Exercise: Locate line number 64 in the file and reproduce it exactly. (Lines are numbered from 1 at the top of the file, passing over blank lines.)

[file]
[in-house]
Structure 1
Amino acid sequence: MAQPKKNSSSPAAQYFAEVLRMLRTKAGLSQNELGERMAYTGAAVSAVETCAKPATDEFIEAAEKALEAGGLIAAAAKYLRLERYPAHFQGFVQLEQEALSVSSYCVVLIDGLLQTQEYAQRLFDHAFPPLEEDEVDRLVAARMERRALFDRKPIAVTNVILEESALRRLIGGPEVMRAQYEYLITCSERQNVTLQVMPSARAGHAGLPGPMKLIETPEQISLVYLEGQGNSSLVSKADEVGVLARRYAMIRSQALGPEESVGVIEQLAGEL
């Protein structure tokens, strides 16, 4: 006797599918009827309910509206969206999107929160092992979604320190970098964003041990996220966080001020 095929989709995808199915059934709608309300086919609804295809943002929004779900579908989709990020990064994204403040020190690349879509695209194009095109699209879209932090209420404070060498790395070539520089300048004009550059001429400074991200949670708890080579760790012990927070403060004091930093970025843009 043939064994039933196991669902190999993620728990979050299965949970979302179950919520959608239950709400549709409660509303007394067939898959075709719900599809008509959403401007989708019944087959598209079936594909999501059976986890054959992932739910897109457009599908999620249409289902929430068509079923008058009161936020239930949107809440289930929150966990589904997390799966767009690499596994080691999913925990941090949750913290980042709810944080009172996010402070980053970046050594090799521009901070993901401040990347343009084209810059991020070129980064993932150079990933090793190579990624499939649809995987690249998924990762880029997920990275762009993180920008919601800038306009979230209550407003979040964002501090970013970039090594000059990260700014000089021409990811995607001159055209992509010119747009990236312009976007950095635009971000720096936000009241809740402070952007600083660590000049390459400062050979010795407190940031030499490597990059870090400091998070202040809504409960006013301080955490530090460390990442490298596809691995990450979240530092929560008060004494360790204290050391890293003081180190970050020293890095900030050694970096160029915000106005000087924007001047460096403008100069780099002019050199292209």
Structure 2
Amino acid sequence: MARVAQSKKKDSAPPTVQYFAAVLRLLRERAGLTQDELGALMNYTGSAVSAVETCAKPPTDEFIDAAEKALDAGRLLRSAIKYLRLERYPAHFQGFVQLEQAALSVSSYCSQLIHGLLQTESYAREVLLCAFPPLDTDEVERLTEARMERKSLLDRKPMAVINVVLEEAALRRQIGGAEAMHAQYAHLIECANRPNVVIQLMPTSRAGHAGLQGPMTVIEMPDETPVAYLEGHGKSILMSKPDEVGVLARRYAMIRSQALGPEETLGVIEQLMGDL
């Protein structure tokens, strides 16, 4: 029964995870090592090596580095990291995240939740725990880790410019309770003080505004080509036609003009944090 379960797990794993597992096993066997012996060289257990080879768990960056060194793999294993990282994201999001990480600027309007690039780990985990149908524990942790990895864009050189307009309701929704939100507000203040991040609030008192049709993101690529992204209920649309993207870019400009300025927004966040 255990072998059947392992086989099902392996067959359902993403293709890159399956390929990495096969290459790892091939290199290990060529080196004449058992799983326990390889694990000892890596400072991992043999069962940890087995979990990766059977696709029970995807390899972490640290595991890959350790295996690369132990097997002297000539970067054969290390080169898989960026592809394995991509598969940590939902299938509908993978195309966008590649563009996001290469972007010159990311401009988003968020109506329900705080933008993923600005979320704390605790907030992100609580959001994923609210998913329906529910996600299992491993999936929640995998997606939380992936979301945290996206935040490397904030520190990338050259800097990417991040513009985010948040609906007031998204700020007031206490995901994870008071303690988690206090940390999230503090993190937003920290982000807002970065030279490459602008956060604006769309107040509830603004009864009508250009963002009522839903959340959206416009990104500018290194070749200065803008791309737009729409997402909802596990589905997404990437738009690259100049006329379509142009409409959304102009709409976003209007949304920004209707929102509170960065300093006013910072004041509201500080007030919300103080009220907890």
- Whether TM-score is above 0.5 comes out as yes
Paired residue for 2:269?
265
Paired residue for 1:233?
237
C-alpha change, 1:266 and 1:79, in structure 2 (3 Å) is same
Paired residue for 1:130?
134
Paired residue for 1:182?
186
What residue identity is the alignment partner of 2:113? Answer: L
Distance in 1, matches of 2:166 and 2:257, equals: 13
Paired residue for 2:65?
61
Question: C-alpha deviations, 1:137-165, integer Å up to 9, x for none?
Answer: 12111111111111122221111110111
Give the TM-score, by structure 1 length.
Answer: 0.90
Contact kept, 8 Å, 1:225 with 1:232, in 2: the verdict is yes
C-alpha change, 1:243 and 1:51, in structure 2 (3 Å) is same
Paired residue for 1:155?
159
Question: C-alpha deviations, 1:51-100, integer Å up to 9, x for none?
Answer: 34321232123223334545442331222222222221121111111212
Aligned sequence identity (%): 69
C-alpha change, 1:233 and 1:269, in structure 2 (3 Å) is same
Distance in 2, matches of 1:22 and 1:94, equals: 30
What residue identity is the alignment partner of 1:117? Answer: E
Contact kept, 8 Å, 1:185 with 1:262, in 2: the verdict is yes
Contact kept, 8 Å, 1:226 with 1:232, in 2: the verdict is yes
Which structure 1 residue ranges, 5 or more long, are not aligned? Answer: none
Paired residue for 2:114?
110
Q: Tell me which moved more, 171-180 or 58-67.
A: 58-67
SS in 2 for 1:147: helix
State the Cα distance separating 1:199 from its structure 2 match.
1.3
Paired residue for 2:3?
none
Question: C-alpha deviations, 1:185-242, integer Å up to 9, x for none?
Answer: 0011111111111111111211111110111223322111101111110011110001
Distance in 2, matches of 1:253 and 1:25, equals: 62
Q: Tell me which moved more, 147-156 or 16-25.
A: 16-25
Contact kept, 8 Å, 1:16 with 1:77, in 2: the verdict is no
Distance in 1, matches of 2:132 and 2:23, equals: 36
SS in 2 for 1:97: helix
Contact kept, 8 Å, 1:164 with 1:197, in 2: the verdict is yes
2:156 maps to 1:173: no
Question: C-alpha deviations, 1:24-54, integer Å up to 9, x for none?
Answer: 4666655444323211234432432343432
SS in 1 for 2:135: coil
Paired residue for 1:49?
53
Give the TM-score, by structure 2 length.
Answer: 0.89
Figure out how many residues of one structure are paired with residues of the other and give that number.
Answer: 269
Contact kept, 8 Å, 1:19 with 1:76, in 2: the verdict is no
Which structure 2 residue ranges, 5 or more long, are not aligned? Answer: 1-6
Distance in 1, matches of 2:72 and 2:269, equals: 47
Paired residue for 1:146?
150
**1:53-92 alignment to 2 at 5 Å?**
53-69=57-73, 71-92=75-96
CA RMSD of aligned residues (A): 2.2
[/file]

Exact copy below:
Answer: 0.89